One Year of Using Dropbox

In January 2010, I switched to a three computer system: my desktop (custom built) which remained at my desk at home, my laptop (an older HP Compaq Presario V2000 AMD model) which I used around the house when I wasn’t at my desk, and my new netbook (an MSI Wind U110 ECO) which was to go with me everywhere. With such distributed computing, I needed some way of keeping files in sync across computers and easily accessible to me wherever I was. I had done some research on this several years before as I wanted an easy way to access my files from the internet in case I forgot something important and didn’t have the latest copy on a flash drive. At that time, I had looked into Office Live Workspace Beta which was almost exactly what I wanted, except for the fact that it only allowed me to access Microsoft Office files. This time, my requirements were somewhat more complicated: I needed the files to synchronize across all of my computers, I needed access to the files from anywhere with an internet connection, I needed to store whatever files I wanted to there, I needed security, and I needed reliability. Additionally, I wanted a free service, if at all possible, with as much free space as I needed. I did not have a hard number for the amount of space I needed to synchronize. After looking over reviews and articles in regards to cloud storage it became apparent to me that Dropbox was the only option.

Dropbox uses Amazon’s S3 for storage. Amazon’s S3 service states 99.999999999% or 99.99% reliability on its storage backend (depending on whether reduced redundancy or normal redundancy storage is purchased). With Dropbox using Amazon’s S3, data reliability was not a concern to me. Dropbox states that all files are transmitted to their servers in an encrypted form and remain that way till they are back on one of the owner’s computers. They also say that additional layers of security can be achieved by using Truecrypt or another volume encryption software to hold all the data within secure file volumes. For my purposes the SSL transfer between my computers and Dropbox is good enough security for me. My netbook (which is my only computer that leaves the house) is fully encrypted with Windows 7 Bitlocker and so I believe my data is reasonably secure.

Dropbox is primarily a file synchronizing service and synchronization of files is done exceptionally well. I am very grateful that it keeps all conflicted files, allowing me to figure out which file got saved at the wrong time (This is critical when used with Microsoft Outlook). It syncs quickly, changing only the changed bytes of the files rather than synchronizing the whole file again. I’ll explain why this useful to me a little later on as I explain several of my specific Dropbox uses. Dropbox also has a full web interface with access to upload and download any files from any device with an internet browser. For me this is a perfect “last resort,” in case I forget my netbook, its battery gets drained or something worse happens to it. By keeping copies of all files within the cloud, Dropbox doesn’t have to wait for me to have all of my computers on to sync the files, as each one turns on and off, it syncs with the storage on the web and the latest versions of my files are always there. This makes the ease of access that much better, I just have to make sure that Dropbox has finished syncing before shutting down my computers or putting them to sleep.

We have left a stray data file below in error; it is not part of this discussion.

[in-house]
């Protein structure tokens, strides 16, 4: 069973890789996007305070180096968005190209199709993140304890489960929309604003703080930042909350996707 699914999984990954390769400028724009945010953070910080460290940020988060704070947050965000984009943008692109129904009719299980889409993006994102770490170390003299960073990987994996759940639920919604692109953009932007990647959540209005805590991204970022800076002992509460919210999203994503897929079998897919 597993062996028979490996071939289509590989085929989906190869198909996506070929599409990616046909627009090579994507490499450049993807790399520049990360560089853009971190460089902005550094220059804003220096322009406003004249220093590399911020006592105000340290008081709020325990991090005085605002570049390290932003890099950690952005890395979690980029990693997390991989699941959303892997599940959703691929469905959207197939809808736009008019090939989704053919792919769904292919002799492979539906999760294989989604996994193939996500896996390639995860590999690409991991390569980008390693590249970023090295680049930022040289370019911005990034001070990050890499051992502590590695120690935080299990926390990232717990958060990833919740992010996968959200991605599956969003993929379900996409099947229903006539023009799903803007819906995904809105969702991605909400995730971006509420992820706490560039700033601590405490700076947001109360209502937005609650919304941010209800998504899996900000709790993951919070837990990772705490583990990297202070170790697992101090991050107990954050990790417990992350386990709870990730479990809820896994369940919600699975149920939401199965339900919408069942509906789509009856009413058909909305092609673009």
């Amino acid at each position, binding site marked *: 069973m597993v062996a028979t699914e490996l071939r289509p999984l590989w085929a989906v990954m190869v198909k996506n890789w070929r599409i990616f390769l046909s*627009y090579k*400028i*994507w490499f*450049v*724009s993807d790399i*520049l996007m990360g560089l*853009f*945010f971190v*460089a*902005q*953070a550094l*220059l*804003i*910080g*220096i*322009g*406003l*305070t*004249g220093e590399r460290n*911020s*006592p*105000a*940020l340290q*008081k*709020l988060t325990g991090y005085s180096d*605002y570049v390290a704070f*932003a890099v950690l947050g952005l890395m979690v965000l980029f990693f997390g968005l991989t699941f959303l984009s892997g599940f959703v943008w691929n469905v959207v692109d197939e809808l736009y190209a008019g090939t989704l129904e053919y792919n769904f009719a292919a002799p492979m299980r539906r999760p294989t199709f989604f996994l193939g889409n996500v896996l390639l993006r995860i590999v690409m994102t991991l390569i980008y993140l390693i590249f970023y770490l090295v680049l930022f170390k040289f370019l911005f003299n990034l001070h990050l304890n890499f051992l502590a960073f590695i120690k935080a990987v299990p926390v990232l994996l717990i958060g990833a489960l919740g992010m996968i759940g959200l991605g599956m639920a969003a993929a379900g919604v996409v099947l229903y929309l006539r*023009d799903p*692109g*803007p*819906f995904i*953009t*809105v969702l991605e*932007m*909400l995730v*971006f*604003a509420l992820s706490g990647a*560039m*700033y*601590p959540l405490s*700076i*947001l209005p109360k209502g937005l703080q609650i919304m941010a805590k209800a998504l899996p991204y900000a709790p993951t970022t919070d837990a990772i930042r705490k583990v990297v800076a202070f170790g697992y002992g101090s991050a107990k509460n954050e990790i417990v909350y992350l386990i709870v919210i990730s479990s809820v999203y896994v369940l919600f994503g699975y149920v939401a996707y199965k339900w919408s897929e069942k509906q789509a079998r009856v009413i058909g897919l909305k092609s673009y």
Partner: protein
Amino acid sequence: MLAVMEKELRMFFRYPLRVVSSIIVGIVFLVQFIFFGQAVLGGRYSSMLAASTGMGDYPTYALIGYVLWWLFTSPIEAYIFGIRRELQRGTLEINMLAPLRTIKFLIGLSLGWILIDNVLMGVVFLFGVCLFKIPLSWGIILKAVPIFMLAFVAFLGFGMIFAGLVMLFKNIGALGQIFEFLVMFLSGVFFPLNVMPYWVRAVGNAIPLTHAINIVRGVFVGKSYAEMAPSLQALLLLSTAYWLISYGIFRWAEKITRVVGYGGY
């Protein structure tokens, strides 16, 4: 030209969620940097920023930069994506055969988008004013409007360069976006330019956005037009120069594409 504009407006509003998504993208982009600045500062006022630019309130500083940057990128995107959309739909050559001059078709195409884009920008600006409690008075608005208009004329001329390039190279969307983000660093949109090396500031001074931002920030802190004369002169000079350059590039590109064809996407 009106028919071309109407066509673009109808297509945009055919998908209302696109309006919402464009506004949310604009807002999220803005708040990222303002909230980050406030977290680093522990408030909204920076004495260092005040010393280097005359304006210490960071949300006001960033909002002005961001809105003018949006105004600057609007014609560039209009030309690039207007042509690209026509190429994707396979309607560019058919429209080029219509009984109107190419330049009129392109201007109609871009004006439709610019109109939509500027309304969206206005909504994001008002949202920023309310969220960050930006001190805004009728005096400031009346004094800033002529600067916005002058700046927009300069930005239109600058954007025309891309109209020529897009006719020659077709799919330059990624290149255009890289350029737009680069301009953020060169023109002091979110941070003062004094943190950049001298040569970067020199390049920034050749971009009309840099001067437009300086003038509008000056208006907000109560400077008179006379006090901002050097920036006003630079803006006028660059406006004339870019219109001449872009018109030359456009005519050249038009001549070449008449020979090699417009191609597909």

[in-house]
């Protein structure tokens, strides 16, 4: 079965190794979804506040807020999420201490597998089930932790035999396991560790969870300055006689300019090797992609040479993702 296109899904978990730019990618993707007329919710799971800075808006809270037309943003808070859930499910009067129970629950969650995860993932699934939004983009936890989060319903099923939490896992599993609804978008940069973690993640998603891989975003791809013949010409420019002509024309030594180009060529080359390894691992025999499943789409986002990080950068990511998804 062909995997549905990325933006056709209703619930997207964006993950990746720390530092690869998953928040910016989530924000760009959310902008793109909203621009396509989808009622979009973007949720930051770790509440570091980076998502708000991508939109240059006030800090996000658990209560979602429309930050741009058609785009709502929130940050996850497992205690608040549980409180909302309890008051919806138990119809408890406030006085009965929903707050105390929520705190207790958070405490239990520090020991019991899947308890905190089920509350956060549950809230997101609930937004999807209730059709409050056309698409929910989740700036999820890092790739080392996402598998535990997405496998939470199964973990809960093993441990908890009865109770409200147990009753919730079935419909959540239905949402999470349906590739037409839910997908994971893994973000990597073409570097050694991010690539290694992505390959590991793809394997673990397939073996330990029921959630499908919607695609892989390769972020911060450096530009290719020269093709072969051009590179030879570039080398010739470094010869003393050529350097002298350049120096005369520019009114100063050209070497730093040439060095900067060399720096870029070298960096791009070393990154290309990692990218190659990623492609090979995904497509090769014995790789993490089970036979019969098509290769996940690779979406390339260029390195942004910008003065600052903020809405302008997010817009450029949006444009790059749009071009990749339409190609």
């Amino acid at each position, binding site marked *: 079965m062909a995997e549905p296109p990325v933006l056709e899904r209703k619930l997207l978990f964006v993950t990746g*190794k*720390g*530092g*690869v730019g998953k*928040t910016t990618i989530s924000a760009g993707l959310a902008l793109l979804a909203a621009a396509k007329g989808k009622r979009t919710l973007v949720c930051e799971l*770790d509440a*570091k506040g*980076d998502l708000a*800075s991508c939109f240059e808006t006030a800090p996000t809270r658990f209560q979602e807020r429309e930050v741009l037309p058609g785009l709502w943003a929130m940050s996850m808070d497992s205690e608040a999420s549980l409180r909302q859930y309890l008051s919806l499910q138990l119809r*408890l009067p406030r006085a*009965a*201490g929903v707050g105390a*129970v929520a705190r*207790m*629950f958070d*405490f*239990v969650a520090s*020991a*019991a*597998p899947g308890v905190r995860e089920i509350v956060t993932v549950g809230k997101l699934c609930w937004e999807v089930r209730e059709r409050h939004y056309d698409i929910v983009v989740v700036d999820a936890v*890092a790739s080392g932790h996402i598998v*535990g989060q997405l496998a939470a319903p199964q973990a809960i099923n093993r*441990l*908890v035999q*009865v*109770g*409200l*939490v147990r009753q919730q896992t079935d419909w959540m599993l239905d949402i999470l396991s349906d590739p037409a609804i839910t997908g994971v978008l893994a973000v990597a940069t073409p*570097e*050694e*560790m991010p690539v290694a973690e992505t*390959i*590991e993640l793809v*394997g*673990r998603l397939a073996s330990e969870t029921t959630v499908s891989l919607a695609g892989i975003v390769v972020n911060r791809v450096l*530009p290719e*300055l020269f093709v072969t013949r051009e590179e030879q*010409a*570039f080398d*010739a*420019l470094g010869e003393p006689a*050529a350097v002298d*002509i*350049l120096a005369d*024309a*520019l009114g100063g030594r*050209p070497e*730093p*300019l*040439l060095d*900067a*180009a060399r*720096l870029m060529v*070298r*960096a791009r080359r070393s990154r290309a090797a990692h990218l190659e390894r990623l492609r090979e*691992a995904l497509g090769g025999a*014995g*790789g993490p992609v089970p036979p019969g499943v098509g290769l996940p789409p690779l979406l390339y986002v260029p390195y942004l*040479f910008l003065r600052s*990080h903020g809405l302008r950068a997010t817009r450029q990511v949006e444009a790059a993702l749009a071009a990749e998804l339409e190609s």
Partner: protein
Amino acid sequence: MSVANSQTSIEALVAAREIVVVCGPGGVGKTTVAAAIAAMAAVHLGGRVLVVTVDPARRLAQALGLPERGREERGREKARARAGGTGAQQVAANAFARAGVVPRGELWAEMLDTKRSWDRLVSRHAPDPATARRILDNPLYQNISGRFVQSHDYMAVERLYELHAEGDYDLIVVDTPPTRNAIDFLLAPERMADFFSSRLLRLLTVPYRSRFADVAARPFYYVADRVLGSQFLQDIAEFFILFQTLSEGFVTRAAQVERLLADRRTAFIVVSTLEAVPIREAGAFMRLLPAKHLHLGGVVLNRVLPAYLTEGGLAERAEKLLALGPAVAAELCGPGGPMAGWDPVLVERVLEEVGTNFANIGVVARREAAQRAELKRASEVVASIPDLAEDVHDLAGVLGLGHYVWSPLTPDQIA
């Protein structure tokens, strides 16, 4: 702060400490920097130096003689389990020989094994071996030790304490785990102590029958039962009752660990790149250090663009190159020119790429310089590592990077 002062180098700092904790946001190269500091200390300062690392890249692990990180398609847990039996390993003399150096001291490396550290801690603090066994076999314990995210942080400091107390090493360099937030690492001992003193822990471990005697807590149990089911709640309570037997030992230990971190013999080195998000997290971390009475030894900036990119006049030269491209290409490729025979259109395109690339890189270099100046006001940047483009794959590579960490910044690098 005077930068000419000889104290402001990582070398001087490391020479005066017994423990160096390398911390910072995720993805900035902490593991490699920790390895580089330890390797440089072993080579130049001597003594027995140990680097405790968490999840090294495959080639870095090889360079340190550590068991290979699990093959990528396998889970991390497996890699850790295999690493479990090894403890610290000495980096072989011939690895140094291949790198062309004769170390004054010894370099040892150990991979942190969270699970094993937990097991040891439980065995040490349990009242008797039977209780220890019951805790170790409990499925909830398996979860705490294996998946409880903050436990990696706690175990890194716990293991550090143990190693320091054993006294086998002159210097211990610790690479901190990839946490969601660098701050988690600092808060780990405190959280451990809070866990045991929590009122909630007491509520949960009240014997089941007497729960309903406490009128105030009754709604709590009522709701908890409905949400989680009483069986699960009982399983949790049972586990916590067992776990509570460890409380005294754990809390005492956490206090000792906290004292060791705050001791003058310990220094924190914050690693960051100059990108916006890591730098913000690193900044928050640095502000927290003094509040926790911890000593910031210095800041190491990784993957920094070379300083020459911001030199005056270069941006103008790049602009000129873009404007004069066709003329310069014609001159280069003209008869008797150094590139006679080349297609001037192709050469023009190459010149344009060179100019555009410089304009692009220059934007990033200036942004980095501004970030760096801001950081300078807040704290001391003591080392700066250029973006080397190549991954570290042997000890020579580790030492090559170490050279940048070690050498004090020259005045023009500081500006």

Dropbox offers a full 2 gigabytes (2 GB) of storage space for free with any sign up. They also offer 250 megabytes (250 MB) of additional space for every user that you refer to their service. The additional space gained from referrals is doubled for those who have .edu email addresses. Recently, they also offered a scavenger-hunt promotion called Dropquest where they gave users another full gigabyte (1 GB). They also give 128 megabytes (128 MB) each for connecting your Dropbox account to Facebook and Twitter and posting about it there. See this page for more details. Currently I have 9.5 gigabytes of free Dropbox storage space of which I am using 39.6%.

It is clear that I am very happy with the service that Dropbox provides. It fits my file synchronization needs perfectly. In the last year, I can remember two instances when Dropbox was offline and both were rather short periods (several hours maximum) of time that therefore didn’t affect me very much. I have been able to depend on Dropbox to have my files where I need them, wherever I need them and so far it hasn’t failed me.

I use Dropbox to synchronize many different types of files for an equally diverse number of purposes. First I have the usual smattering of Microsoft Office documents, spreadsheets, and presentations. For my school work, I have hundreds of these documents, all sorted nicely into a folder hierarchy under my main Dropbox folder. I also have a large quantity of Adobe PDF files. These are scanned notes from before I started using my smartpen and my netbook all the time for all notes. Most of these PDF files are organized and in the same hierarchy, however due to their sheer volume, many of them have not been sorted, split up and filed yet. Those files also live in a “to be sorted” folder within my Dropbox folder so that when I have a few moments of time, I can quickly sort another couple of files. I am a big user of Microsoft OneNote. I use it exclusively for most of my classes and I use it for other notes as well. I have nearly 10 actively used OneNote notebooks and all of them live within my Dropbox folder hierarchy. What’s exceptionally nice about using OneNote for this is that it automatically saves every few seconds while I am working. This means that if for any reason something were to go wrong with my computer while I was working in class, I would lose no more than one minute’s notes as they are constantly being synched to Dropbox.